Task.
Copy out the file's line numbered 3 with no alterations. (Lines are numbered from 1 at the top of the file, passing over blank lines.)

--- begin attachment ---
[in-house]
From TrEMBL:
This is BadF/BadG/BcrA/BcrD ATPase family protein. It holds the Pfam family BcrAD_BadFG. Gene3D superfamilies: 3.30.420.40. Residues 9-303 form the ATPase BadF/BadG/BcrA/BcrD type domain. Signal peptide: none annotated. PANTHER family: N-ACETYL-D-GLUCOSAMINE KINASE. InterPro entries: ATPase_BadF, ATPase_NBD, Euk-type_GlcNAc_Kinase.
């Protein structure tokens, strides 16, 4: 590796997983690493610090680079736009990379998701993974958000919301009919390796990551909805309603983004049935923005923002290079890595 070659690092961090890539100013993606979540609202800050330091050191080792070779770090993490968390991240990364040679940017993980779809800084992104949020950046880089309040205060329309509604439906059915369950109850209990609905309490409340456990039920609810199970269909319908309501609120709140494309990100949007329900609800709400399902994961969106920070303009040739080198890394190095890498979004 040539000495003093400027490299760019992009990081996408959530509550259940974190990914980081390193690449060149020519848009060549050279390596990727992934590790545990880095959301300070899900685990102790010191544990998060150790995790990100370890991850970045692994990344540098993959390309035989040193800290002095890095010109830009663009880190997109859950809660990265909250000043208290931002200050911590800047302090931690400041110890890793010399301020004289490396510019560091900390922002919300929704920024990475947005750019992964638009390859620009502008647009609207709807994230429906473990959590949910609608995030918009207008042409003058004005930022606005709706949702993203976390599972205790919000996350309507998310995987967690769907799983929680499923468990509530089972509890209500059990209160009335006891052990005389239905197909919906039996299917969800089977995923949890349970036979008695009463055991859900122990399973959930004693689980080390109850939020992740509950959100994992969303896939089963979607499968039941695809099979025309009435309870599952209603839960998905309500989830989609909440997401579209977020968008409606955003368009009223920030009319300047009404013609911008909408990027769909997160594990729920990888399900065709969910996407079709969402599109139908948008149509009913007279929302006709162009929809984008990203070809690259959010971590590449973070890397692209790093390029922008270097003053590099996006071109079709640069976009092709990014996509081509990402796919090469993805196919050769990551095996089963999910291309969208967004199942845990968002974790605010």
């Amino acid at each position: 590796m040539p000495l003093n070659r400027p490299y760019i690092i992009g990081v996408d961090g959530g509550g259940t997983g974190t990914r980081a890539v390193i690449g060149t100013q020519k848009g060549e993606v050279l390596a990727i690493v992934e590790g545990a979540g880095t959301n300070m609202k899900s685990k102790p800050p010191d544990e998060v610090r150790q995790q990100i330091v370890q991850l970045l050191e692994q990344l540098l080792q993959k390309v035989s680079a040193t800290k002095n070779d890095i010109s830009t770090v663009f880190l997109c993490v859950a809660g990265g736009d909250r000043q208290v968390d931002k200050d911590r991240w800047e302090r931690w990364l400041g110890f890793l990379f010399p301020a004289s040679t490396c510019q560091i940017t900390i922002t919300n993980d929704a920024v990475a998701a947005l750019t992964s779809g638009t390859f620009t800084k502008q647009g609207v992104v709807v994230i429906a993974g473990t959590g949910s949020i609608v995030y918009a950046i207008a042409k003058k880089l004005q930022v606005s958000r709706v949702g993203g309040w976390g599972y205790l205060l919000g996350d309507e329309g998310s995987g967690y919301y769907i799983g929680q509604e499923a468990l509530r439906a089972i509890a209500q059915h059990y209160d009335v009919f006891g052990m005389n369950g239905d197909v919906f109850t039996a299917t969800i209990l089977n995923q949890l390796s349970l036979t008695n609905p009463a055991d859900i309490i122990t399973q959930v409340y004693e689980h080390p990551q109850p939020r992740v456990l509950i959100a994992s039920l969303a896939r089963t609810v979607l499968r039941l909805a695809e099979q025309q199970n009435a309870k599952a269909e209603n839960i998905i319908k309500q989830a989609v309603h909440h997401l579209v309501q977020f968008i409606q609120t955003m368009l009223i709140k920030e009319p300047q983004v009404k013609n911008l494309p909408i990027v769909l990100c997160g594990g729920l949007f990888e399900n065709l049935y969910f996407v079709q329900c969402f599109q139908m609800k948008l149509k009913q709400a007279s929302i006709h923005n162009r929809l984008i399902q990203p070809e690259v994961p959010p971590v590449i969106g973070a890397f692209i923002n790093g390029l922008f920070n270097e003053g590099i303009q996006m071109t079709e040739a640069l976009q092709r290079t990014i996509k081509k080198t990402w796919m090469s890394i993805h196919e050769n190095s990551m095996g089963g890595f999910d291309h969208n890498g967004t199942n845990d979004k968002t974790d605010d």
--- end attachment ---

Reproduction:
This is BadF/BadG/BcrA/BcrD ATPase family protein. It holds the Pfam family BcrAD_BadFG. Gene3D superfamilies: 3.30.420.40. Residues 9-303 form the ATPase BadF/BadG/BcrA/BcrD type domain. Signal peptide: none annotated. PANTHER family: N-ACETYL-D-GLUCOSAMINE KINASE. InterPro entries: ATPase_BadF, ATPase_NBD, Euk-type_GlcNAc_Kinase.